McCandless does offer an important contribution in his treatment of the history of African Americans before and after the Civil War. While the asylum was not created to control African Americans, (they were not admitted there until the end of the nineteenth century), conditions were consistently worse for them than for whites once they became patients, according to the author. In his discussion of how African Americans who were thought to be insane were treated outside the asylum, McCandless offers a fascinating glimpse of folk practitioners who used root therapy and other herbal practice to cure African Americans. Unfortunately the implications of this parallel system of treatment are not explored by the author.

The history of the treatment of the insane outside the asylum is informed by a subtle Whiggish bias that the asylum should have been the logical place for South Carolinians to put their insane; the author has to explain the fact that when the asylum was first opened, few patients appeared and its early years were marked by severe underpopulation. This interesting divergence from the overcrowded conditions of other antebellum asylums could have been explored by examining the factors contributing to the broader acceptance or rejection of the asylum as a new solution to the problem of insanity in South Carolina; instead the author offers financial cost and fear of shame as major reasons for failure to utilize the asylum. The fact that families avoided using an asylum created by a handful of optimistic reformers and politicians challenges the usefulness of a social control thesis to explain the creation of the antebellum asylum in South Carolina. Yet McCandless avoids these important issues; instead he relates the history of the insane living outside the asylum in the same dry and tedious manner as he does the institutional history of the lunatic asylum. Following in the footsteps of Gerald Grob, whom he clearly admires, McCandless avoids any definitive statements or historical arguments that can be criticized. Instead, he offers us his research and lets us make of it what we will. It remains for another historian to write the definitive history of Southern attitudes toward insanity in the nineteenth century.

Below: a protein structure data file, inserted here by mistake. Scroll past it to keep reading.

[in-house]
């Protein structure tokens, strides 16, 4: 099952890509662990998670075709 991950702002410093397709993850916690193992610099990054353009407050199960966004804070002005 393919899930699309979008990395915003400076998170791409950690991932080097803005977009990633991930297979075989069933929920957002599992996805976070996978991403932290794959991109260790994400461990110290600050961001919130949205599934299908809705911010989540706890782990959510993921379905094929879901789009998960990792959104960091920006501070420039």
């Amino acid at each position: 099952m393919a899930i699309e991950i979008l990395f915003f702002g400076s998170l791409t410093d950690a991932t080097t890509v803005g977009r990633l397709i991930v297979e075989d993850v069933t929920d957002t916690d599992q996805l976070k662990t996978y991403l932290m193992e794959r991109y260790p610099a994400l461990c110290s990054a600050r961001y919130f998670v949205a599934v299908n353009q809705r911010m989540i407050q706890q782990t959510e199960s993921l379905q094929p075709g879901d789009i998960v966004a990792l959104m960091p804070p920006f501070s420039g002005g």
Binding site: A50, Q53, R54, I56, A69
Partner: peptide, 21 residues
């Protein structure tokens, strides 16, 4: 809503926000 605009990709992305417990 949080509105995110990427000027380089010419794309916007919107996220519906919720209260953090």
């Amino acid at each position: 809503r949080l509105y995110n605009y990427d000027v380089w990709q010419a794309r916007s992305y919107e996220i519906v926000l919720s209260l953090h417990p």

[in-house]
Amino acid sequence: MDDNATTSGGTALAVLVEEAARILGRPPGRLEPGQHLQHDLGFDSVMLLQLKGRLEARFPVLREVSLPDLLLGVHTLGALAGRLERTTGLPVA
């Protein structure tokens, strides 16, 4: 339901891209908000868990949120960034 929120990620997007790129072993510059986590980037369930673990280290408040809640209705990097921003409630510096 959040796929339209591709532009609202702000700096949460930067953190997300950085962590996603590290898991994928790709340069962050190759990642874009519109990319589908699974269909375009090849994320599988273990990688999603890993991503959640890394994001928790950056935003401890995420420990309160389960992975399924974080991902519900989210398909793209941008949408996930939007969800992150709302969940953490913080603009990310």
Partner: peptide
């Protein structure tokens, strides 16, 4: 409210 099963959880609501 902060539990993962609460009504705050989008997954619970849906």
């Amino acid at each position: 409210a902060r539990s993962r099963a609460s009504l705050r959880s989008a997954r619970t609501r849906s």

Mary Ann Jimenez California State University, Long Beach
COPYRIGHT 1997 Journal of Social History
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Copyright 1997, Gale Group. All rights reserved. Gale Group is a Thomson Corporation Company.

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Author:Jimenez, Mary Ann
Publication:Journal of Social History
Article Type:Book Review
Date:Dec 22, 1997
Words:913